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Hotel might slip in under the wire

A builder takes advantage of current land rules. Many neighbors aren't pleased.

Published May 13, 2007


ST. PETERSBURG - Resting on the border between downtown and residential Old Northeast, a controversial hotel proposal is defining the border between downtown's underdeveloped past and its popular future.

Tampa developer Fuel Group International is looking to put 260 hotel rooms, 111 condominiums and more than half a million square feet on a 37, 000-square-foot parcel.

Fuel Group is hoping to get approval under current land development regulations that could change next month. If the regulations are approved, the new rules would cut the development in half.

"We're right on the cusp of these new LDRs, " said Nicole Durkin, a lawyer and a resident of the Old Northeast neighborhood who opposes the proposed Westin Hotel. "Everybody recognizes the old rules didn't get us to the long-term place we needed to be. We're not the city that's desperate anymore. Developers are clamoring to be here now."

Fuel Group is pressing ahead with plans for the 33-story hotel on Fifth Avenue N at First Street despite considerable resistance from neighbors. The company will present its proposal Wednesday to the Environmental Development Commission at a meeting set aside solely for this project.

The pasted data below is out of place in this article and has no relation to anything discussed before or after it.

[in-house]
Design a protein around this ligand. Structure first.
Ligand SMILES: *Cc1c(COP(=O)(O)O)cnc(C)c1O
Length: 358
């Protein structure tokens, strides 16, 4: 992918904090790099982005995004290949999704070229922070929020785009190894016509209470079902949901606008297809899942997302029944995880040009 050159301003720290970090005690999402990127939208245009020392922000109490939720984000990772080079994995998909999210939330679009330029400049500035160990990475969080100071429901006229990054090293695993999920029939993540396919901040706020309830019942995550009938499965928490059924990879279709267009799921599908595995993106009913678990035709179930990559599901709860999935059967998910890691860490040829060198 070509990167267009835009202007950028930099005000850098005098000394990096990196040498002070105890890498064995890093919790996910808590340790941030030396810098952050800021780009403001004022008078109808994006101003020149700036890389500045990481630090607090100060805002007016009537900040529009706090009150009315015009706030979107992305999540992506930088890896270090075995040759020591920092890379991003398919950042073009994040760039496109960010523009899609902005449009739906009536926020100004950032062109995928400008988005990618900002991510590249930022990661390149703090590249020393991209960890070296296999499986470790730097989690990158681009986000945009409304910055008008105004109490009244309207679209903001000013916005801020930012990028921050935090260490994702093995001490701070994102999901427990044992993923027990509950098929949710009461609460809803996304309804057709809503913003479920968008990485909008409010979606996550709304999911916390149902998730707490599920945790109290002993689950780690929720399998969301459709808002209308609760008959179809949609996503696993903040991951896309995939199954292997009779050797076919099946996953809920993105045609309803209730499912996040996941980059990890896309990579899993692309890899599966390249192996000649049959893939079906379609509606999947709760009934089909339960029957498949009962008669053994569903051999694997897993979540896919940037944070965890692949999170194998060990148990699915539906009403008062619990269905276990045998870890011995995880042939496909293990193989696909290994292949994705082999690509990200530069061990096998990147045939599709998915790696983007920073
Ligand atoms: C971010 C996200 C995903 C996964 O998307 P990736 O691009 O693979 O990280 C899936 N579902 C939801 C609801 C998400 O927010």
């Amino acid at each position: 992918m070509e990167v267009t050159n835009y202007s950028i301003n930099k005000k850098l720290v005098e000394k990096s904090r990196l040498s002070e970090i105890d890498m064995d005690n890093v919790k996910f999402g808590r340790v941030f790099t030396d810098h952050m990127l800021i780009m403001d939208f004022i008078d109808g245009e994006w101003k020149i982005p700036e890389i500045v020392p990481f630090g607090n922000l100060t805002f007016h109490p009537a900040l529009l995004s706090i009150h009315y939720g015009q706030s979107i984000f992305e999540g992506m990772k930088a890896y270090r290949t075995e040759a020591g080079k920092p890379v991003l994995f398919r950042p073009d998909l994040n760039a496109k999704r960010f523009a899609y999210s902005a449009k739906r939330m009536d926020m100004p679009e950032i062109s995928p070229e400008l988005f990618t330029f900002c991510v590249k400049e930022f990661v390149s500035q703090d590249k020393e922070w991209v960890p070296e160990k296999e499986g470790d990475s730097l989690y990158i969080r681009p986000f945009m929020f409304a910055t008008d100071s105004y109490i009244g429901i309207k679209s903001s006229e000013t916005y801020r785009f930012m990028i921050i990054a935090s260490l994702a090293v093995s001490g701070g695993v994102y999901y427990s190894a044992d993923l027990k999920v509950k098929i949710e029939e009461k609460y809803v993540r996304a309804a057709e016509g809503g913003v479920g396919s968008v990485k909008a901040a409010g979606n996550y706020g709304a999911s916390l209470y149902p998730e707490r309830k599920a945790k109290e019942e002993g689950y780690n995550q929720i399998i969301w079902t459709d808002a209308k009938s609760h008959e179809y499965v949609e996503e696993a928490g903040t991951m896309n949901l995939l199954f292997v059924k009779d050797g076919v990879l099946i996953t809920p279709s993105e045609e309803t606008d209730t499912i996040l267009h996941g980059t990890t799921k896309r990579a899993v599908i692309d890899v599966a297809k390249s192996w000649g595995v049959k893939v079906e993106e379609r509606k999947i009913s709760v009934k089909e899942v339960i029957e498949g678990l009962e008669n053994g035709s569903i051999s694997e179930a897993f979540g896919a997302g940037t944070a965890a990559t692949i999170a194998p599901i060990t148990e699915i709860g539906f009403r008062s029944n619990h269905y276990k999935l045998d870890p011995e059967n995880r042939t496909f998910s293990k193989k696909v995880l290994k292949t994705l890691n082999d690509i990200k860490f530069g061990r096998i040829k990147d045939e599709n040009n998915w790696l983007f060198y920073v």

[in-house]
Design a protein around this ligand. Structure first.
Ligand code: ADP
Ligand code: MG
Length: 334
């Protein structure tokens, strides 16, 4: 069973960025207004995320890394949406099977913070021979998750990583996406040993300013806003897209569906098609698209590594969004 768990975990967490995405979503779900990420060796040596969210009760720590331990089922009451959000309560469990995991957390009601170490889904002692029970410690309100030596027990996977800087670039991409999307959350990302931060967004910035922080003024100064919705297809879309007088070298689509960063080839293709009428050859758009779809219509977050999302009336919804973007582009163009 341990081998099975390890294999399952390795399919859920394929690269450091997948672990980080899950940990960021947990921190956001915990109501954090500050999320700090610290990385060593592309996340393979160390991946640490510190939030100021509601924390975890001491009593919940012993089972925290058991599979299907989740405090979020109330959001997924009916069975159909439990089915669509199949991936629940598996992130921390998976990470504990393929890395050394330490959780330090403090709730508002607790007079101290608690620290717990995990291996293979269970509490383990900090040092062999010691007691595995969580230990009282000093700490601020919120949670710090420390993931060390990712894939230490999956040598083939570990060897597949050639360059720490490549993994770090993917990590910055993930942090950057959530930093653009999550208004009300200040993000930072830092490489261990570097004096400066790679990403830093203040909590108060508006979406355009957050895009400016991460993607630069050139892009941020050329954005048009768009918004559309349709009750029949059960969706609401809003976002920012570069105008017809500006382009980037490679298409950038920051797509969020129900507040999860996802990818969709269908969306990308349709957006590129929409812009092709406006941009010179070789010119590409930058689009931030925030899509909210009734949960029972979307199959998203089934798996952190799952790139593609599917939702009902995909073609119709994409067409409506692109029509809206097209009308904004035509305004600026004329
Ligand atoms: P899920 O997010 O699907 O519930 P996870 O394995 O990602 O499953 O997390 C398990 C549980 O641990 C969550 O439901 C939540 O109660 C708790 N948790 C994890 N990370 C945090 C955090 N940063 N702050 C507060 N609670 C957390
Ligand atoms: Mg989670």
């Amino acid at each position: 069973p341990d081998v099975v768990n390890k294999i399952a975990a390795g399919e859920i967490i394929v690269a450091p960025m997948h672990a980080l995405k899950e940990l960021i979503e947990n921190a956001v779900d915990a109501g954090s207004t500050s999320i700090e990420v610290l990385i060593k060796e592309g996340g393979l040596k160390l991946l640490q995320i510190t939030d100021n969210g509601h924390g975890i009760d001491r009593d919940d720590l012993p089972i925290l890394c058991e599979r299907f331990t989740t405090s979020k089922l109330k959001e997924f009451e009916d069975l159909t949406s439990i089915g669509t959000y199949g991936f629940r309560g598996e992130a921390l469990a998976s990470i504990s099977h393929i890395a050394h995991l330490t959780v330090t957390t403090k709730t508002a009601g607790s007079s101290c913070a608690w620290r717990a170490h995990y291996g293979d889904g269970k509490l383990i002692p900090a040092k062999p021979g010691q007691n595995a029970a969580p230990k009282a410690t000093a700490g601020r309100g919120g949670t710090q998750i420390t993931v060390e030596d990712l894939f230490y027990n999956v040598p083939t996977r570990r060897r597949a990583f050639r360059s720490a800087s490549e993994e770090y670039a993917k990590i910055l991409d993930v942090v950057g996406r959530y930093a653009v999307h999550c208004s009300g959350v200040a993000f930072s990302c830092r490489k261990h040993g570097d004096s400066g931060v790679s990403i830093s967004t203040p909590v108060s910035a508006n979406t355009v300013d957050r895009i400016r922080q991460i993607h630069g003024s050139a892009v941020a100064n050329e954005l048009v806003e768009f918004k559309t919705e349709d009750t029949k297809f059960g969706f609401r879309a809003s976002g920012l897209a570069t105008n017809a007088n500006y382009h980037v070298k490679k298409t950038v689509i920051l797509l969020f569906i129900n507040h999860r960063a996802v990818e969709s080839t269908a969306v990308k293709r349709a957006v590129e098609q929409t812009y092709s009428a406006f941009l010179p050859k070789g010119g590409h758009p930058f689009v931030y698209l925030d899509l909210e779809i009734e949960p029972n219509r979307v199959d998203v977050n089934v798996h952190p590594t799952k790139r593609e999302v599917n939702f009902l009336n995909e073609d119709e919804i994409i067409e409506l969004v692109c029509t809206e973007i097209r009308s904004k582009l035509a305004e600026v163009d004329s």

"They're not backing down at all, " said Tim Baker, president of the Downtown Neighborhood Association, which is also opposing the project. "Nobody's happy with this project."

Fuel Group has gotten an earful from the neighbors and has changed parts of the project. The presentation this week will reveal whether the alterations are enough.

"We worked hard on this design, " said Ron Weaver, attorney for Fuel Group, of a nearly 400-foot building crafted to resemble a sailing ship. "We believe it will be an asset for all the citizens of St. Pete, the crown jewel of the northern downtown."

Weaver admitted that neighbors have opposed the plan but said the company's adjustments are satisfying their concerns. He said he will present dozens of petition signatures from neighbors and business interests who approve of the latest proposal.

Fuel Group has added one floor to the project for more than 100 extra parking spaces to alleviate concerns about cars overrunning the neighborhood, Weaver said. The developer is also improving driveway access for hotel guests, residents and delivery trucks. He said some of the building's amenities might be offered to neighbors at a discount.

"We want it to be their hotel, " Weaver said, contrasting it with the Renaissance Vinoy, which he said is apart from the community. "Ours is a community resource."

Not all in the community see the project that way. A letter of opposition from the Downtown Residents Civic Association calls it "faulty, unsuitable, inappropriate" and an "odious ... circumvention" of the city's new land development regulations.